If we go far enough in the future, historians may label the present time as the Age of Anxiety. There is certainly enough anxiety floating about for everyone to build a raft. The possible outcomes in Ukraine weigh on us all. Climate change is occurring faster than projected as sea levels and sea water temperatures rise. Poverty due to wealth inequality is creating social instability. Authoritarianism is rearing its head in unexpected places, endangering our freedoms. And then there is Covid. It is on the rise again in its increasing number of variants in the UK, France, US, South Africa, Southeast Asia, and Australia. Ashley Bloomfield this week announced that models for New Zealand suggest that the number of new cases, hospitalisations and deaths are not expected to go much lower than they are now in the near future and are likely to increase significantly during our winter months. We all know people who have been infected, a growing number of whom are members of this congregation. I learned of two more yesterday. We know going back to a pre-pandemic normal isn’t going to happen. So, what is the new normal going to look like and who in the hell knows?

Continue reading The importance of napping to spiritual health

Fifth UU principle versus creeping authoritarianism

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with Rev. Clay Nelson

Fifth UU principle versus creeping authoritarianism
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Clay Nelson © 8 May 2022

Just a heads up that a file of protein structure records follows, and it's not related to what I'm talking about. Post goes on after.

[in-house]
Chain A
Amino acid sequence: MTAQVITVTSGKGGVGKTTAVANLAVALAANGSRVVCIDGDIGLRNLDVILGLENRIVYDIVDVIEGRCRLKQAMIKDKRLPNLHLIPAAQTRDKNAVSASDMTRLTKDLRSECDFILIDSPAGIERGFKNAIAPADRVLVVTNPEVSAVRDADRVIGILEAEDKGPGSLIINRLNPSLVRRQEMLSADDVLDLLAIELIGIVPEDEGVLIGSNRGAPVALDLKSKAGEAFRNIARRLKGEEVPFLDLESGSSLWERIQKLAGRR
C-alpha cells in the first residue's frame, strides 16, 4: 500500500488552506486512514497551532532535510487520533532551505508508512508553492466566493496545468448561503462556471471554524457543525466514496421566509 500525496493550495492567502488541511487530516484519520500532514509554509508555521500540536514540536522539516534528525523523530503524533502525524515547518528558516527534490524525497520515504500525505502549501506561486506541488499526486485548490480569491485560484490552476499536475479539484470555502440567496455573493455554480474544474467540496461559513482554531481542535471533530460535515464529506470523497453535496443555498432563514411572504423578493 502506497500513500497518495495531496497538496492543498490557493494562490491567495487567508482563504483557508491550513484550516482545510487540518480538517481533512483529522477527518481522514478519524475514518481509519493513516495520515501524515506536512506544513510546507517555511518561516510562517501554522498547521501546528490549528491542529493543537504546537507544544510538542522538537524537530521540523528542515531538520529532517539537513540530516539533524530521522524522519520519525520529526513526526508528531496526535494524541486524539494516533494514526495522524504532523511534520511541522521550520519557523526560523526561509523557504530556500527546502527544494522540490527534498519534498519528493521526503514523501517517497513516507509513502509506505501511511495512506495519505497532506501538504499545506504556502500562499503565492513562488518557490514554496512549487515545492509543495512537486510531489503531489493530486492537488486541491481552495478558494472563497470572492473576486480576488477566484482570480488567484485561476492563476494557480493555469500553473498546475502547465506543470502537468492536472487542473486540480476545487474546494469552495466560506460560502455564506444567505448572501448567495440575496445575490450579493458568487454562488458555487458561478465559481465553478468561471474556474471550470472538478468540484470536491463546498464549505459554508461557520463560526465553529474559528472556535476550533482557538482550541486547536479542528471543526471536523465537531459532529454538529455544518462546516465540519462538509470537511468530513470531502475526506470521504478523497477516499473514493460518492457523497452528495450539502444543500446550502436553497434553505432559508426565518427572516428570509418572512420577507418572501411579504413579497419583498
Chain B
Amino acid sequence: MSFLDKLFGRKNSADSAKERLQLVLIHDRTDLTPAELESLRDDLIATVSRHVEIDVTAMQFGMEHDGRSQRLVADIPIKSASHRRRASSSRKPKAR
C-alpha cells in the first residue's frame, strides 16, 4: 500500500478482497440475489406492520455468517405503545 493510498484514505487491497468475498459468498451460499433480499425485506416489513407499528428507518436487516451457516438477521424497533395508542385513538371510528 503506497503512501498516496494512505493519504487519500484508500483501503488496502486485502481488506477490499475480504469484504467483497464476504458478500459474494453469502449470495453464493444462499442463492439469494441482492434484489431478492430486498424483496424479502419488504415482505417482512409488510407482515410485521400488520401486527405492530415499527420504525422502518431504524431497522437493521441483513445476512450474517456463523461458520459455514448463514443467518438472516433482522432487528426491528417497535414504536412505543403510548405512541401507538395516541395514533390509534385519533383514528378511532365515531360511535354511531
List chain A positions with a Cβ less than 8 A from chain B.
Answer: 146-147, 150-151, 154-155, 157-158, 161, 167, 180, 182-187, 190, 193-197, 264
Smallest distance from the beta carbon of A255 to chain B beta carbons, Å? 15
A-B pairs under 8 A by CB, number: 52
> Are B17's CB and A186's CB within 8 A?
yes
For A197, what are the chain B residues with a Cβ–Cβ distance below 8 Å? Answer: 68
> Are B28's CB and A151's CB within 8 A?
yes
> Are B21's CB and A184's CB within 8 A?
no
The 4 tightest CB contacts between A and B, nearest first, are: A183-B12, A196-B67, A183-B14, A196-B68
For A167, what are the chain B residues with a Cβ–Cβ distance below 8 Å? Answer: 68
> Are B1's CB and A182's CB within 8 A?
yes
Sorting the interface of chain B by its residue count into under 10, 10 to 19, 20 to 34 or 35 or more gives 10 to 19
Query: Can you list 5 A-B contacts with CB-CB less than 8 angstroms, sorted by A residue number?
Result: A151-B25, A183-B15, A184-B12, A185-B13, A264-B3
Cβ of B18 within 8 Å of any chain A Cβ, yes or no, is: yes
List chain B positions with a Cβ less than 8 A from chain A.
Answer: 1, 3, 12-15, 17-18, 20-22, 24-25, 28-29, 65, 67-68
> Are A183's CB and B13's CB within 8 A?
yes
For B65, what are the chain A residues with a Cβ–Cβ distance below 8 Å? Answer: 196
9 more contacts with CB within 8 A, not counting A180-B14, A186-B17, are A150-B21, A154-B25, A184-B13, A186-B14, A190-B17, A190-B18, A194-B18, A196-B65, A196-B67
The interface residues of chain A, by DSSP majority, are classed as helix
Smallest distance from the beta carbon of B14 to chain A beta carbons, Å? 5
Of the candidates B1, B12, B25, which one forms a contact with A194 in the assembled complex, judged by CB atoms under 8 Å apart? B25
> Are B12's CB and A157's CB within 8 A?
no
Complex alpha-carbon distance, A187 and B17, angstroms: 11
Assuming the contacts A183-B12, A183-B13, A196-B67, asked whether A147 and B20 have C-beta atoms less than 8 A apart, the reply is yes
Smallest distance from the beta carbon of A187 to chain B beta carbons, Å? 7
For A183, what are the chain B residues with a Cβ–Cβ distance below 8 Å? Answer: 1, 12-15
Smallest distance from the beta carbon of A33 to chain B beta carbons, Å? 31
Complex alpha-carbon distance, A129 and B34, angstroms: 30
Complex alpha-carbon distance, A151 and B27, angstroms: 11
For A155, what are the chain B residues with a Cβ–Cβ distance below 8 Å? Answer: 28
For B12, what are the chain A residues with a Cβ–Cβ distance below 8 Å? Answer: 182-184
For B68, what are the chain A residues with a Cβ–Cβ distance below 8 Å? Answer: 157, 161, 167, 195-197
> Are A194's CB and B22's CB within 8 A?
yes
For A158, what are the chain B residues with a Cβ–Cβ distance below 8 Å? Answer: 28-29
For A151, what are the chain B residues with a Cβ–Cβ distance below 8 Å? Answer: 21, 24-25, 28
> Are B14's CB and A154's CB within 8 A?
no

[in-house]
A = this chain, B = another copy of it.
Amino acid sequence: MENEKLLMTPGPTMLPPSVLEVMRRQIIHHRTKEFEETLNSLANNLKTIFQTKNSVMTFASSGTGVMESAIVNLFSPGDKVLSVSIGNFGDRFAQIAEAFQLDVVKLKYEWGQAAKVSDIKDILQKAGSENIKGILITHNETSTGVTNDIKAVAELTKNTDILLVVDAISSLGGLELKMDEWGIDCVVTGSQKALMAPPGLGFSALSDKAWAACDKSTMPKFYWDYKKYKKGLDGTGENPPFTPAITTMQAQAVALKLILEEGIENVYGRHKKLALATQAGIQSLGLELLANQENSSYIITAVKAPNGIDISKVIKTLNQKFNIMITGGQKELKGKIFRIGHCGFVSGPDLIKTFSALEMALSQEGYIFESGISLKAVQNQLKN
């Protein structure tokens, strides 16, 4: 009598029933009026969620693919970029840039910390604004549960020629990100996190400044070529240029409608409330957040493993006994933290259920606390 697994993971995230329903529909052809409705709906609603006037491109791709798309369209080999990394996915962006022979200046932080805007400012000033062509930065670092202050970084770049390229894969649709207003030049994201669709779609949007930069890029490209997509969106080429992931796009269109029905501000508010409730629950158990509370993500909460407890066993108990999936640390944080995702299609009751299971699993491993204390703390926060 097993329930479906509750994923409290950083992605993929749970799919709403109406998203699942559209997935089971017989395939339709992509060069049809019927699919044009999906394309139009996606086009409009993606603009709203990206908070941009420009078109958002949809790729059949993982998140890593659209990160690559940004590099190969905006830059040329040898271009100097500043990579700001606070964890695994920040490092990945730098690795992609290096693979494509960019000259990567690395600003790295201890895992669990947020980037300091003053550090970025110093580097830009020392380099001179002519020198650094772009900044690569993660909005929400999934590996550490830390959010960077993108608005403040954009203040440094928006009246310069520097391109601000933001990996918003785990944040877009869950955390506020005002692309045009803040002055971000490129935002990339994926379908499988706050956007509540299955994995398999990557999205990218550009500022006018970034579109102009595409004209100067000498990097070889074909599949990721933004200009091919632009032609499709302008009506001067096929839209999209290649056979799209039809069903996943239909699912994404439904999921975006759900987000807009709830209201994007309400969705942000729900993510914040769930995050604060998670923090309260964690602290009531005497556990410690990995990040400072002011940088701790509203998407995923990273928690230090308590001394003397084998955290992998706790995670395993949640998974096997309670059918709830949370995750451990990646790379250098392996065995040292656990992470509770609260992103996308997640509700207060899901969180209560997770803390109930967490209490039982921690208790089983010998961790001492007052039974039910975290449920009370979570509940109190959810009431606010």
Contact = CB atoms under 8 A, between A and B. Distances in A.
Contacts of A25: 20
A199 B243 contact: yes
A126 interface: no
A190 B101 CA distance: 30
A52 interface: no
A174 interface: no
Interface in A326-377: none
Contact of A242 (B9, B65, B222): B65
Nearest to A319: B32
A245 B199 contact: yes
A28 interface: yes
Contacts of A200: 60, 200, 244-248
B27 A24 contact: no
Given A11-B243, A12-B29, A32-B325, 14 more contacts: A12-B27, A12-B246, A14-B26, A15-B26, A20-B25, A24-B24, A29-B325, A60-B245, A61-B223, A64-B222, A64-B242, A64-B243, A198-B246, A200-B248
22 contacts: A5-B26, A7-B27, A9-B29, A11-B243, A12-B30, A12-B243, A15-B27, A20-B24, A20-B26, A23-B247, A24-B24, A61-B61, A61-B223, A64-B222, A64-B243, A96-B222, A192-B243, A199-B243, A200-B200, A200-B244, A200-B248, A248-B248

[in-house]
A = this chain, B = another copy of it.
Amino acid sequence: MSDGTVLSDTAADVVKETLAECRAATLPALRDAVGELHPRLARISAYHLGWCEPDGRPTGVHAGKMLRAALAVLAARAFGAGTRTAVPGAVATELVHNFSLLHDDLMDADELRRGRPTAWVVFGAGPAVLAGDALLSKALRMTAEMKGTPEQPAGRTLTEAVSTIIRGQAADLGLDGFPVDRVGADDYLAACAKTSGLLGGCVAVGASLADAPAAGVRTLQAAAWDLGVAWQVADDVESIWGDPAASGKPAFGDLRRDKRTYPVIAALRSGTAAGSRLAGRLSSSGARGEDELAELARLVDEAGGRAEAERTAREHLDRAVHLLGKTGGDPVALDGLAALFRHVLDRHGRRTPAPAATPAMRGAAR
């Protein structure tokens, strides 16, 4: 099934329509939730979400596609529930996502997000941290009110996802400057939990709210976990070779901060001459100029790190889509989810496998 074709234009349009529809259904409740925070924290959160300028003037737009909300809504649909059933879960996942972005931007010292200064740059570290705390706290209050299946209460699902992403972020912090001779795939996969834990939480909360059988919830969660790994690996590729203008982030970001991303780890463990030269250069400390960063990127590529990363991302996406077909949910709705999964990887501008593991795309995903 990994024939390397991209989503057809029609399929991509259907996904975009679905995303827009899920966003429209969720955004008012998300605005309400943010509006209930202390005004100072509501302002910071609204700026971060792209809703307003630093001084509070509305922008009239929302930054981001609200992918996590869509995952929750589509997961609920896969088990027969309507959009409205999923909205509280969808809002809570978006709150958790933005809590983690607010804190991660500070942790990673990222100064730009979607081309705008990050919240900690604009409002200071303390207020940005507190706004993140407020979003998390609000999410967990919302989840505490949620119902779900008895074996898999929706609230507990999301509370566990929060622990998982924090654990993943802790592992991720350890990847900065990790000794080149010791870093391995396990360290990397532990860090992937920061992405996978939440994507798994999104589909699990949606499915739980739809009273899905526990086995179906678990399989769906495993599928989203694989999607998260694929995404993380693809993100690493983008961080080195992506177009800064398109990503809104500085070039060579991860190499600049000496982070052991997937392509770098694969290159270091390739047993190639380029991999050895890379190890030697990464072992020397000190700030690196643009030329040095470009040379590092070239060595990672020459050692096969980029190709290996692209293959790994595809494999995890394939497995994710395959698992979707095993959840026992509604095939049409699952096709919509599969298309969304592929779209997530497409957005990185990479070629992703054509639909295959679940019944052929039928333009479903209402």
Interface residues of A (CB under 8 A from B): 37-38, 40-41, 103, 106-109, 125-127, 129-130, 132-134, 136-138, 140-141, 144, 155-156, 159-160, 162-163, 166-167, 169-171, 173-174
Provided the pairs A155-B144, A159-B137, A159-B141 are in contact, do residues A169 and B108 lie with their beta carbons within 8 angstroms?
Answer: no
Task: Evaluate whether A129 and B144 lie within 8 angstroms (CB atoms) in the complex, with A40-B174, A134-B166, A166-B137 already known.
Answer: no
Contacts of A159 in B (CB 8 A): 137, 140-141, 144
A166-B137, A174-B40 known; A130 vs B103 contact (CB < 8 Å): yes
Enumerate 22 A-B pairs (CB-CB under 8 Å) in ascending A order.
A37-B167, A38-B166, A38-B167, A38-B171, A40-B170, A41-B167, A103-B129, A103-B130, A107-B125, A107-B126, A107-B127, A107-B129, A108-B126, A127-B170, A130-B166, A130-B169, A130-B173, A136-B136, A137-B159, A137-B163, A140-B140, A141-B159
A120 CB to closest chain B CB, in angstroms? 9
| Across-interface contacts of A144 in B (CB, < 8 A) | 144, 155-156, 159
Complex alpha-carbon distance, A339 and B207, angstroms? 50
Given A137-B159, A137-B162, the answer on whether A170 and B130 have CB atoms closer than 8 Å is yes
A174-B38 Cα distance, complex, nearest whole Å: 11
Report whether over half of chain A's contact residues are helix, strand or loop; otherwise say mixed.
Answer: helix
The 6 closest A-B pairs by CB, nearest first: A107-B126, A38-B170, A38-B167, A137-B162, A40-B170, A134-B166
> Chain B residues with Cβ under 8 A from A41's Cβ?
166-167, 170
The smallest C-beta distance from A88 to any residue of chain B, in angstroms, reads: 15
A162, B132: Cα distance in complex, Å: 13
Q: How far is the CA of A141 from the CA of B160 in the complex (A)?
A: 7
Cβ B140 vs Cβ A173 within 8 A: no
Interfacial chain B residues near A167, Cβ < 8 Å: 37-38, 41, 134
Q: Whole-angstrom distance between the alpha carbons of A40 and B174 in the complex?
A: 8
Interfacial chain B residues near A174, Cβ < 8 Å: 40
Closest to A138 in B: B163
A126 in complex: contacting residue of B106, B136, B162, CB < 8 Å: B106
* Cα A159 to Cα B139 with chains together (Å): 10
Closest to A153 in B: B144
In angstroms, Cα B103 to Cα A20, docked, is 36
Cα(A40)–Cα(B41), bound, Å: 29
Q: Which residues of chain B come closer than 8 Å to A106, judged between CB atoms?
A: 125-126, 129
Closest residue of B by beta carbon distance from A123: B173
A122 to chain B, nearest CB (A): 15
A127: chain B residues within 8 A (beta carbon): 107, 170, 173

Some have called “This Land Is Your Land” an alternative national anthem in America. It was written and first sung by Woody Guthrie.

Growing up in small-town Oklahoma, Guthrie heard church hymns, outlaw ballads, blues, fiddle tunes and popular music. The Guthries had been fairly prosperous — Woody’s father was a small-time politician and businessman — but the family unravelled during the Depression and his mother’s mental illness. That’s when Woody took to the road to be a street entertainer.

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The Magic of Play

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with Rev. Clay Nelson

The Magic of Play
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Clay Nelson © 1 May 2022

Ralph Waldo Emerson once observed that “It is a happy talent to know how to play.” But I have found it a difficult talent to utilise over the past couple of years. The last time I can remember being immersed in play was doing the chicken dance at Rachel’s and my wedding. It was also the first day someone entered the country infected with Covid and life changed dramatically for me in two ways. Getting married does that for everyone. The other change encompassing us all occurred six weeks later when we went into lockdown busy hoarding toilet paper.

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Why?…Because!

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with Rev. Clay Nelson

Why?…Because!
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Clay Nelson © 24 April 2022

My Dad was a pretty smart guy. He had a lot of academic degrees after his name and when younger I thought of him as the only Renaissance man I knew. Why? He seemed to know the answer to every question I could throw at him. Later I figured out that he was conning me. When he didn’t know the answer, he still gave me one, saying it with enough authority that I bought it hook, line and sinker.

Continue reading Why?…Because!